The American Academy of Pediatrics (AAP) has made available a free online media time calculator and family media plan tool to assist families in determining appropriate limits for their children’s screen time.
Limiting your teen’s exposure to electronic media is important.
Every single household is special in its own way. What’s most important is finding a balance between screen time and other activities. Here are four useful suggestions for parents.
Bring your teen into the process of establishing rules and limits.
If teenagers have a hand in establishing rules, they are more likely to follow them. Have your teen contribute to the screen time plan by establishing rules they feel are reasonable, such as a half-hour break from social media or gaming before starting homework.
Make a decision as a family about how much time will be spent watching TV or other media each day.
Family media plans can be tailored to each child’s age, stage of development, and interests. You could put a notice on the fridge or a bulletin board so everyone can see the plan. The plan for limiting screen time should be reviewed annually or more frequently if necessary. If you have a media plan in place before an issue arises, you won’t have to scramble to figure out a solution on the fly.
Create breaks from technology and limit your exposure to screens.
For instance, all screens should be put away during meals and family time, and at night, phones should be charged in a common area or the parents’ bedroom. Teens may benefit from not having access to screens in their bedrooms at night.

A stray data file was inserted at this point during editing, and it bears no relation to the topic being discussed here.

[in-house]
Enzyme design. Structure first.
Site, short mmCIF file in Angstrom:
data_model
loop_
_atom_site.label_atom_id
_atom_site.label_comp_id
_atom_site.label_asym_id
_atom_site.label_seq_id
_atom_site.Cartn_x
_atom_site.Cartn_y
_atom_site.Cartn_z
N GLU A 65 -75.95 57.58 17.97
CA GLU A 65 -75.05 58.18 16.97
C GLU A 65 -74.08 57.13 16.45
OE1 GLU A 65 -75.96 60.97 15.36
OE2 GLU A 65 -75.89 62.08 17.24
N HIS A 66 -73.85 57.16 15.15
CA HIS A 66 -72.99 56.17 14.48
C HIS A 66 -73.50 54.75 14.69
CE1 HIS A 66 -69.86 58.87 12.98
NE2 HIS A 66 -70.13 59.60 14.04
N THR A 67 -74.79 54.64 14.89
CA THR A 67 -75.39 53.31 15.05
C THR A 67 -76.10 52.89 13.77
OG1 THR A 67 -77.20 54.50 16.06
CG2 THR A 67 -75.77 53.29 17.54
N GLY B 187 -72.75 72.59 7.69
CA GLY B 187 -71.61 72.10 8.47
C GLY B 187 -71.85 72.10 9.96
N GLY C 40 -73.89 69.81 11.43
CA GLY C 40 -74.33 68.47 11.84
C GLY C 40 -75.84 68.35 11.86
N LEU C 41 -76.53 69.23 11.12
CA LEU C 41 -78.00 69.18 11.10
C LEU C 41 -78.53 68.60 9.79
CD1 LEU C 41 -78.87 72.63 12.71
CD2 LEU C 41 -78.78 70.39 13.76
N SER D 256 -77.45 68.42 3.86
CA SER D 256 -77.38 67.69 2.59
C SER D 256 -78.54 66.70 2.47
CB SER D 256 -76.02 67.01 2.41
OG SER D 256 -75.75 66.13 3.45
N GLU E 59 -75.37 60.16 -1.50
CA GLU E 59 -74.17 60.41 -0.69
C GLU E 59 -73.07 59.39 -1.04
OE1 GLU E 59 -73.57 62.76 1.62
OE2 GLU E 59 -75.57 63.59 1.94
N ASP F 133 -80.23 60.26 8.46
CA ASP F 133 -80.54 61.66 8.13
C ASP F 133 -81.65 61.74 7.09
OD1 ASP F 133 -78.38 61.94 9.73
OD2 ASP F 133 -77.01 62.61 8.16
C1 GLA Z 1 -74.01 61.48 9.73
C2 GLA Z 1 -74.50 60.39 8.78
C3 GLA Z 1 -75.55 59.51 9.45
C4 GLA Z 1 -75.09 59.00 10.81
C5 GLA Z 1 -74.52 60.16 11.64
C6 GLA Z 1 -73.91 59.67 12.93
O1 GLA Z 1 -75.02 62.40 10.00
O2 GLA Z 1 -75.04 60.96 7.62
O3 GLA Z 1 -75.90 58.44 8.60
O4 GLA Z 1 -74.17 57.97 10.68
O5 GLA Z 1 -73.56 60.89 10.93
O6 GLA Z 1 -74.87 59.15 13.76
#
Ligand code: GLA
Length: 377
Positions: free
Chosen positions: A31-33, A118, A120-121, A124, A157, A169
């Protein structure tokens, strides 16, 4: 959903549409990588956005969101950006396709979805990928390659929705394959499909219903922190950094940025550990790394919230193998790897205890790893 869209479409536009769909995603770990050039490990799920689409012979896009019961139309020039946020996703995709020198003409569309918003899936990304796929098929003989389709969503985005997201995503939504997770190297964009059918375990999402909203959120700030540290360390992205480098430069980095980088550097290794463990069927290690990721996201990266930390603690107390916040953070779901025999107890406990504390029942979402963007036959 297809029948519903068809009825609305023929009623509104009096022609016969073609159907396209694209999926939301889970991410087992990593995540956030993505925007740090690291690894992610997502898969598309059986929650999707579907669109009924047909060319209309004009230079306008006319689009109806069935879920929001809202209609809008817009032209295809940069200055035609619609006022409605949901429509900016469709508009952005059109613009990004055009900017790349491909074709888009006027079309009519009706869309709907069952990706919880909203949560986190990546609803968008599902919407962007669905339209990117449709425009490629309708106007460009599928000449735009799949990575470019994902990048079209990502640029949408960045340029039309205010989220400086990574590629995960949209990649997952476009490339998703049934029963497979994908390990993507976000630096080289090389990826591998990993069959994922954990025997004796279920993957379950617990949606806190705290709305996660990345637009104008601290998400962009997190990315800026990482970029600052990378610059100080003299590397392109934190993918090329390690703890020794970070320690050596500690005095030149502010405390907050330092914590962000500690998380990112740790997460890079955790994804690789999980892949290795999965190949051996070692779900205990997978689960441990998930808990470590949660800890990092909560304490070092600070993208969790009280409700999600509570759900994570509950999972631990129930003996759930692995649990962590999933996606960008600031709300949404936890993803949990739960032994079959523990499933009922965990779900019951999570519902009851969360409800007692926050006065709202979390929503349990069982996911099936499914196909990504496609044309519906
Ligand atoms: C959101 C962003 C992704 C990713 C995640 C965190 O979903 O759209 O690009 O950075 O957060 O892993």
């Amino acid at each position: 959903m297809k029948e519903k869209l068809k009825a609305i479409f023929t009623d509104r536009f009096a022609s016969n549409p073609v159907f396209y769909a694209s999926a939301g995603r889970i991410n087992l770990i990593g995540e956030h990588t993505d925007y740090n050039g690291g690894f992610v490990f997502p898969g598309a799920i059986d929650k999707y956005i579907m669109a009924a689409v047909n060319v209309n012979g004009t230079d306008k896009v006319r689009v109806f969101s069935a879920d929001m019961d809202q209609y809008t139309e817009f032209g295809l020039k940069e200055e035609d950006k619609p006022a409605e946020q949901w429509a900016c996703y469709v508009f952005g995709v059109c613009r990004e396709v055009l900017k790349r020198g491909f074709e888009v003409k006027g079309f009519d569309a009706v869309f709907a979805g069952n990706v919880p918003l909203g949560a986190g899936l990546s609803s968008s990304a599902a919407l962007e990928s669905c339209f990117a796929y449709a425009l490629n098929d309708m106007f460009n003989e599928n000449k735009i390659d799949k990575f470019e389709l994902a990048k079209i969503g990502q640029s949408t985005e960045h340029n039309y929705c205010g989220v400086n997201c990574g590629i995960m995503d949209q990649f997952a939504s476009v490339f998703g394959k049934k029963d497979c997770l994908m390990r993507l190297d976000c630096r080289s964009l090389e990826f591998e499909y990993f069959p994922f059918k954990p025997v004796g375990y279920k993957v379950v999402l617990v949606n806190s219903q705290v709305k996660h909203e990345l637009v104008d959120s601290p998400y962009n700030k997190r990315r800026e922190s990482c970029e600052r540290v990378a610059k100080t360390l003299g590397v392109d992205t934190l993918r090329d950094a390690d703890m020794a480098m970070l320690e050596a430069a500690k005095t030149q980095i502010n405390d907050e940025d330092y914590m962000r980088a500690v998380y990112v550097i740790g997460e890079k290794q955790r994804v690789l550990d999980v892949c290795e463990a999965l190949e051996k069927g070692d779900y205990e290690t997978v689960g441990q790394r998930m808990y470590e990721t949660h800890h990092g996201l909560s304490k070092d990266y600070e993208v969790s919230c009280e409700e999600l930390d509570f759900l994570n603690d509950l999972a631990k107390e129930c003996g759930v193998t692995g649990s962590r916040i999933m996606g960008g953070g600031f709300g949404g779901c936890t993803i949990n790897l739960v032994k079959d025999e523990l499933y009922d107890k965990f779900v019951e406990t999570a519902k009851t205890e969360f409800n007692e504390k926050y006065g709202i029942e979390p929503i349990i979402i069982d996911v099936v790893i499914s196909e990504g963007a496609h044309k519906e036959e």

Consequences should be reasonable for breaking screen time limits.
An appropriate punishment could be taking away their computer or TV for a couple of days. Your teenagers might only sometimes stick to the family’s rules regarding screen time. If they don’t, try to understand why they didn’t and evaluate whether or not this is a recurring issue. Keep in mind that your adolescent uses their phone for more than just social media; it’s a way for them to stay in touch with you all day long. You should give some thought to all of this before deciding on any repercussions.
Being a Role Model
When it comes to raising children, nothing beats leading by example. Teens may give the impression that they don’t care about what you have to say or do, but they are actually watching your every move, including how you use technology and interact with others. The average adult spends up to 11 hours a day interacting with digital media for work, pleasure, and education. It takes work to tear yourself away from your electronic devices, especially if you have a full agenda. It’s important to limit your screen time, so try to enforce these guidelines as much as possible.
Teenagers, like adults, require more freedom both offline and online as they mature. As a parent, you can do your part to prepare your adolescent child for the challenges of adulthood by helping them establish healthy limits on screen time at a young age.
Talk to your pediatrician or a mental health professional if you are worried about your adolescent’s excessive online activity, cyberbullying, or involvement in risky behaviors. As an adult, it can be challenging to pry information out of a teenager about his life and feelings. Continue having discussions, asking questions, and looking for ways to reduce screen time.